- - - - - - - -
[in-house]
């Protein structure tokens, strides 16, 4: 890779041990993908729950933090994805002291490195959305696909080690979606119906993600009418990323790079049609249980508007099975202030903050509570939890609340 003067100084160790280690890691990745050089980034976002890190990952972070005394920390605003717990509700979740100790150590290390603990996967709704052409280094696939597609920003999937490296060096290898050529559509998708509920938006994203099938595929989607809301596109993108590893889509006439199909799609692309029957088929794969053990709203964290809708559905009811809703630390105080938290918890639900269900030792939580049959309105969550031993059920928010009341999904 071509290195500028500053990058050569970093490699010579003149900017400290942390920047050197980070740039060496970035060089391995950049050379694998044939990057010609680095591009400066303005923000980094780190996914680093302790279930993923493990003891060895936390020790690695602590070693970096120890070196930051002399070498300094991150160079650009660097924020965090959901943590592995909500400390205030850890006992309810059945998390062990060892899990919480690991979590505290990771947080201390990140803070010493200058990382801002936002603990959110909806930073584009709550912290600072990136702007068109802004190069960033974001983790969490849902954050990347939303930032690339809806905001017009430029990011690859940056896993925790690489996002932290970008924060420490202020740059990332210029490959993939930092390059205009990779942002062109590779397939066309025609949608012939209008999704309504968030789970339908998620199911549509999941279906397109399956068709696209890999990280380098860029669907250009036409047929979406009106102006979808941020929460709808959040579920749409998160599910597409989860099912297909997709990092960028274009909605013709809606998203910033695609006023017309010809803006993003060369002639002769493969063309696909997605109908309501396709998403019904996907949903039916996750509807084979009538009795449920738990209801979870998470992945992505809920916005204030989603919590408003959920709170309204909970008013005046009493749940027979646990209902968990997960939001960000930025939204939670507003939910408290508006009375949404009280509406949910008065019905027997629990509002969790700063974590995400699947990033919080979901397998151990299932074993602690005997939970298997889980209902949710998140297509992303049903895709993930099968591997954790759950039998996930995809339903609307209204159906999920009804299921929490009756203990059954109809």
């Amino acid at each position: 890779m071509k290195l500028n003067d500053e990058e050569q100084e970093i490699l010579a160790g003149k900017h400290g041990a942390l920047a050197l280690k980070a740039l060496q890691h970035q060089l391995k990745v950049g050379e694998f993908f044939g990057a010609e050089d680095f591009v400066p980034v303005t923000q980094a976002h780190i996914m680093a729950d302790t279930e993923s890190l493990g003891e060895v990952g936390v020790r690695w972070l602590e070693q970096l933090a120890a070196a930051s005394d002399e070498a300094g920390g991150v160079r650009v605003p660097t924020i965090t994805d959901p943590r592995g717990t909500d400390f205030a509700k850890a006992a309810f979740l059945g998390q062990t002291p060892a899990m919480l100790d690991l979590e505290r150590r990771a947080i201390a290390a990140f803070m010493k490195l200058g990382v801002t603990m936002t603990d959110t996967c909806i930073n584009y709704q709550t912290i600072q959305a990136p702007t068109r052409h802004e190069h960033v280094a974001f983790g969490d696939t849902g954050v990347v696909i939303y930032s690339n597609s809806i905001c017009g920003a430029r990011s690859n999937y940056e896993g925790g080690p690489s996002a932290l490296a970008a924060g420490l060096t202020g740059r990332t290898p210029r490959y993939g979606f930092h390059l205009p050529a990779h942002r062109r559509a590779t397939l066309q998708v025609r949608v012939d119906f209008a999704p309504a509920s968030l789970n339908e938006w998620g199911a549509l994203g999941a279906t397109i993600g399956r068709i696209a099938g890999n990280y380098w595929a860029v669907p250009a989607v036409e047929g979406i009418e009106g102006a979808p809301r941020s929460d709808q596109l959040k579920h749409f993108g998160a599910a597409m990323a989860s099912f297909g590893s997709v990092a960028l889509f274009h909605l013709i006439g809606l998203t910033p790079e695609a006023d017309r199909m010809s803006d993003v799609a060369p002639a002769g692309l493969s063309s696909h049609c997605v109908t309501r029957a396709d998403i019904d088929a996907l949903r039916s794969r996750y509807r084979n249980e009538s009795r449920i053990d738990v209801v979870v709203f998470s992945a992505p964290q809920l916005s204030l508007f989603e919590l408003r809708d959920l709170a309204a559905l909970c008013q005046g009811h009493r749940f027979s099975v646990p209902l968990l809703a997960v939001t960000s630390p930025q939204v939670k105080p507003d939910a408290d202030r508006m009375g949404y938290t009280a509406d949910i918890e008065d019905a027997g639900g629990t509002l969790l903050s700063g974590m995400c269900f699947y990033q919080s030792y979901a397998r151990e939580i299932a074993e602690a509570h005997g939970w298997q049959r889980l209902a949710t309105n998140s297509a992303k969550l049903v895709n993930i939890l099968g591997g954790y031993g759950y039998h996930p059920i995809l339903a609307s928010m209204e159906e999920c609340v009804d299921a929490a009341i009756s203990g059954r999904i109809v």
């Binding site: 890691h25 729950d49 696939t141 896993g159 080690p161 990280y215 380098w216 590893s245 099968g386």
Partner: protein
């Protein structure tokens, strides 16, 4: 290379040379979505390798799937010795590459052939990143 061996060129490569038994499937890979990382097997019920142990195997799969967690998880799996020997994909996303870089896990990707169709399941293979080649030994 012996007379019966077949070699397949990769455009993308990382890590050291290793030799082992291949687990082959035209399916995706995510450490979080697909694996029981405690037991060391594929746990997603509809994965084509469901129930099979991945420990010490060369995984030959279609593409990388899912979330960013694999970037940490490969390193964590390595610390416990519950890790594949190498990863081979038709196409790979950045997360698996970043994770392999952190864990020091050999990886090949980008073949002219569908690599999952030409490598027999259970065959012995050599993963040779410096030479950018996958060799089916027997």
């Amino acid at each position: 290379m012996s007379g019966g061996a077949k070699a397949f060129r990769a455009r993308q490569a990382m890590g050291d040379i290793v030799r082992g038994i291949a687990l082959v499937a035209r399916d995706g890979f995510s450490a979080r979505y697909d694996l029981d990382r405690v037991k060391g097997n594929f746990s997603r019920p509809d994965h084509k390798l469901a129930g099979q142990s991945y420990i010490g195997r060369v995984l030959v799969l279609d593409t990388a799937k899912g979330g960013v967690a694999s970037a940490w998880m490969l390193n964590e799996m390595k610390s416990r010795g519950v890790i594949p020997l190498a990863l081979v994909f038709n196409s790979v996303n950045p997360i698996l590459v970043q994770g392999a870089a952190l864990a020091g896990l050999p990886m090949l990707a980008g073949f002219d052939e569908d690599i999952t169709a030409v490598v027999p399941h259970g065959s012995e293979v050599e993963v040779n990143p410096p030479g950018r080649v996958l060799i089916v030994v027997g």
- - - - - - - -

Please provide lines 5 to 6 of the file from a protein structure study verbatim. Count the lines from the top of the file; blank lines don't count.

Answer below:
Partner: protein
């Protein structure tokens, strides 16, 4: 290379040379979505390798799937010795590459052939990143 061996060129490569038994499937890979990382097997019920142990195997799969967690998880799996020997994909996303870089896990990707169709399941293979080649030994 012996007379019966077949070699397949990769455009993308990382890590050291290793030799082992291949687990082959035209399916995706995510450490979080697909694996029981405690037991060391594929746990997603509809994965084509469901129930099979991945420990010490060369995984030959279609593409990388899912979330960013694999970037940490490969390193964590390595610390416990519950890790594949190498990863081979038709196409790979950045997360698996970043994770392999952190864990020091050999990886090949980008073949002219569908690599999952030409490598027999259970065959012995050599993963040779410096030479950018996958060799089916027997």